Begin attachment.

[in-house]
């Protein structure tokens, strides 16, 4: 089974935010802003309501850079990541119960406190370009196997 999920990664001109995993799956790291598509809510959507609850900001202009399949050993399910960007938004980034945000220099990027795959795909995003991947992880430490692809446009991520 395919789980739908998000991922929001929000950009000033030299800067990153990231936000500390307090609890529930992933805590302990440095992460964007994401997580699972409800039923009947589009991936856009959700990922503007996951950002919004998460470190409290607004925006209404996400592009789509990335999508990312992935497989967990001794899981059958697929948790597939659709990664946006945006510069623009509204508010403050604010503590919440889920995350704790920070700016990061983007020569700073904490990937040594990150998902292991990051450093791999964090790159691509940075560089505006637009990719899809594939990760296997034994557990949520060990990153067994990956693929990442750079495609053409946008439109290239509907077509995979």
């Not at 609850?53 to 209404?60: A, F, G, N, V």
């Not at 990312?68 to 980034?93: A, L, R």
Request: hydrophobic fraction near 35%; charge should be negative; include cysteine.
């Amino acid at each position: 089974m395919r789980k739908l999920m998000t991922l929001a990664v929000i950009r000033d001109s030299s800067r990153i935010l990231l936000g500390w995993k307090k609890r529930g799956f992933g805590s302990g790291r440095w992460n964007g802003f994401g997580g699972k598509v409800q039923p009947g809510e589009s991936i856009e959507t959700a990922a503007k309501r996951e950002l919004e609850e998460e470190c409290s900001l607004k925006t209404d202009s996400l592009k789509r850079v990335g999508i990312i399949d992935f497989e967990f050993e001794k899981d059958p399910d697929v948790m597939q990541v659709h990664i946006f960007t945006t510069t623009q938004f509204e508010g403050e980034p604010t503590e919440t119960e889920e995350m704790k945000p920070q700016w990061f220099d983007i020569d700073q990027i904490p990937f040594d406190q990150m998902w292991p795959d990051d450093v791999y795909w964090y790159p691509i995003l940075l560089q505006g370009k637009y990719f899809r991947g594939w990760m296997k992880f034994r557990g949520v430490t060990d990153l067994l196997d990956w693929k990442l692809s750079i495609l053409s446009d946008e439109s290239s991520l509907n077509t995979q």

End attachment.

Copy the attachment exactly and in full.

[in-house]
């Protein structure tokens, strides 16, 4: 089974935010802003309501850079990541119960406190370009196997 999920990664001109995993799956790291598509809510959507609850900001202009399949050993399910960007938004980034945000220099990027795959795909995003991947992880430490692809446009991520 395919789980739908998000991922929001929000950009000033030299800067990153990231936000500390307090609890529930992933805590302990440095992460964007994401997580699972409800039923009947589009991936856009959700990922503007996951950002919004998460470190409290607004925006209404996400592009789509990335999508990312992935497989967990001794899981059958697929948790597939659709990664946006945006510069623009509204508010403050604010503590919440889920995350704790920070700016990061983007020569700073904490990937040594990150998902292991990051450093791999964090790159691509940075560089505006637009990719899809594939990760296997034994557990949520060990990153067994990956693929990442750079495609053409946008439109290239509907077509995979």
């Not at 609850?53 to 209404?60: A, F, G, N, V």
């Not at 990312?68 to 980034?93: A, L, R």
Request: hydrophobic fraction near 35%; charge should be negative; include cysteine.
């Amino acid at each position: 089974m395919r789980k739908l999920m998000t991922l929001a990664v929000i950009r000033d001109s030299s800067r990153i935010l990231l936000g500390w995993k307090k609890r529930g799956f992933g805590s302990g790291r440095w992460n964007g802003f994401g997580g699972k598509v409800q039923p009947g809510e589009s991936i856009e959507t959700a990922a503007k309501r996951e950002l919004e609850e998460e470190c409290s900001l607004k925006t209404d202009s996400l592009k789509r850079v990335g999508i990312i399949d992935f497989e967990f050993e001794k899981d059958p399910d697929v948790m597939q990541v659709h990664i946006f960007t945006t510069t623009q938004f509204e508010g403050e980034p604010t503590e919440t119960e889920e995350m704790k945000p920070q700016w990061f220099d983007i020569d700073q990027i904490p990937f040594d406190q990150m998902w292991p795959d990051d450093v791999y795909w964090y790159p691509i995003l940075l560089q505006g370009k637009y990719f899809r991947g594939w990760m296997k992880f034994r557990g949520v430490t060990d990153l067994l196997d990956w693929k990442l692809s750079i495609l053409s446009d946008e439109s290239s991520l509907n077509t995979q």